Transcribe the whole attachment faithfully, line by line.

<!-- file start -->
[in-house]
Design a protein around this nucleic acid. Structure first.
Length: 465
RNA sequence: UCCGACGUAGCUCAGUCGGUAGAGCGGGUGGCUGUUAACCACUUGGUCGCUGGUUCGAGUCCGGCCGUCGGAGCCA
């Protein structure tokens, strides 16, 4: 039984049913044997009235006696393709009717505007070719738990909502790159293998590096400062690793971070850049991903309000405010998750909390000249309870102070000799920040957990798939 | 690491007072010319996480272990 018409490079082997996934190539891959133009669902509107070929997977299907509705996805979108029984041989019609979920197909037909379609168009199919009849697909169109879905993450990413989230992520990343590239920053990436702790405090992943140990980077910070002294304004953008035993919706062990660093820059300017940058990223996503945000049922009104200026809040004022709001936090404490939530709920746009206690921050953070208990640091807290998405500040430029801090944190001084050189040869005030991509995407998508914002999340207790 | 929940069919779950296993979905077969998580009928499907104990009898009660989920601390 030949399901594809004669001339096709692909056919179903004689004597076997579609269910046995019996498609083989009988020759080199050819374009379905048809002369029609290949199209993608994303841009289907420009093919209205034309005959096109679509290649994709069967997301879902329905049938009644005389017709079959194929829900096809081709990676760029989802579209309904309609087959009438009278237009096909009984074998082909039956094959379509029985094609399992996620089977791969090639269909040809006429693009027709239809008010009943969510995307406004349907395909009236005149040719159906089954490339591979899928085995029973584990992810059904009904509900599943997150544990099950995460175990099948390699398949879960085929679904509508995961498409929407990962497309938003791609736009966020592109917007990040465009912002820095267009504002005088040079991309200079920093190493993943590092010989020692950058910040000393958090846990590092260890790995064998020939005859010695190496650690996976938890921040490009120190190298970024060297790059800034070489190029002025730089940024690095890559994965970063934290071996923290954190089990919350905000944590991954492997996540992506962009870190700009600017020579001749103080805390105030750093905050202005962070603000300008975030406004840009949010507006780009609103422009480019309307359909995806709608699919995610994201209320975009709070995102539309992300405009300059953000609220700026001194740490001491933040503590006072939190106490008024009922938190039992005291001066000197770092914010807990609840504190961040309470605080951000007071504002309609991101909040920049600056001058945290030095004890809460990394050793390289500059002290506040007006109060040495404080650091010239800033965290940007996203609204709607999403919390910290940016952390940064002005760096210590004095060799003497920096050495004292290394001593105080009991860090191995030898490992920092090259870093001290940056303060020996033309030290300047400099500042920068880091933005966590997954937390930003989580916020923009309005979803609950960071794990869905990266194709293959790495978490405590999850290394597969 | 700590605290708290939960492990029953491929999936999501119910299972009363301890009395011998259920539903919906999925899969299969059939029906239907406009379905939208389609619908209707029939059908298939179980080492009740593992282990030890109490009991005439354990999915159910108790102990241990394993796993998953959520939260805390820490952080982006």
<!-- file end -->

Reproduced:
[in-house]
Design a protein around this nucleic acid. Structure first.
Length: 465
RNA sequence: UCCGACGUAGCUCAGUCGGUAGAGCGGGUGGCUGUUAACCACUUGGUCGCUGGUUCGAGUCCGGCCGUCGGAGCCA
């Protein structure tokens, strides 16, 4: 039984049913044997009235006696393709009717505007070719738990909502790159293998590096400062690793971070850049991903309000405010998750909390000249309870102070000799920040957990798939 | 690491007072010319996480272990 018409490079082997996934190539891959133009669902509107070929997977299907509705996805979108029984041989019609979920197909037909379609168009199919009849697909169109879905993450990413989230992520990343590239920053990436702790405090992943140990980077910070002294304004953008035993919706062990660093820059300017940058990223996503945000049922009104200026809040004022709001936090404490939530709920746009206690921050953070208990640091807290998405500040430029801090944190001084050189040869005030991509995407998508914002999340207790 | 929940069919779950296993979905077969998580009928499907104990009898009660989920601390 030949399901594809004669001339096709692909056919179903004689004597076997579609269910046995019996498609083989009988020759080199050819374009379905048809002369029609290949199209993608994303841009289907420009093919209205034309005959096109679509290649994709069967997301879902329905049938009644005389017709079959194929829900096809081709990676760029989802579209309904309609087959009438009278237009096909009984074998082909039956094959379509029985094609399992996620089977791969090639269909040809006429693009027709239809008010009943969510995307406004349907395909009236005149040719159906089954490339591979899928085995029973584990992810059904009904509900599943997150544990099950995460175990099948390699398949879960085929679904509508995961498409929407990962497309938003791609736009966020592109917007990040465009912002820095267009504002005088040079991309200079920093190493993943590092010989020692950058910040000393958090846990590092260890790995064998020939005859010695190496650690996976938890921040490009120190190298970024060297790059800034070489190029002025730089940024690095890559994965970063934290071996923290954190089990919350905000944590991954492997996540992506962009870190700009600017020579001749103080805390105030750093905050202005962070603000300008975030406004840009949010507006780009609103422009480019309307359909995806709608699919995610994201209320975009709070995102539309992300405009300059953000609220700026001194740490001491933040503590006072939190106490008024009922938190039992005291001066000197770092914010807990609840504190961040309470605080951000007071504002309609991101909040920049600056001058945290030095004890809460990394050793390289500059002290506040007006109060040495404080650091010239800033965290940007996203609204709607999403919390910290940016952390940064002005760096210590004095060799003497920096050495004292290394001593105080009991860090191995030898490992920092090259870093001290940056303060020996033309030290300047400099500042920068880091933005966590997954937390930003989580916020923009309005979803609950960071794990869905990266194709293959790495978490405590999850290394597969 | 700590605290708290939960492990029953491929999936999501119910299972009363301890009395011998259920539903919906999925899969299969059939029906239907406009379905939208389609619908209707029939059908298939179980080492009740593992282990030890109490009991005439354990999915159910108790102990241990394993796993998953959520939260805390820490952080982006």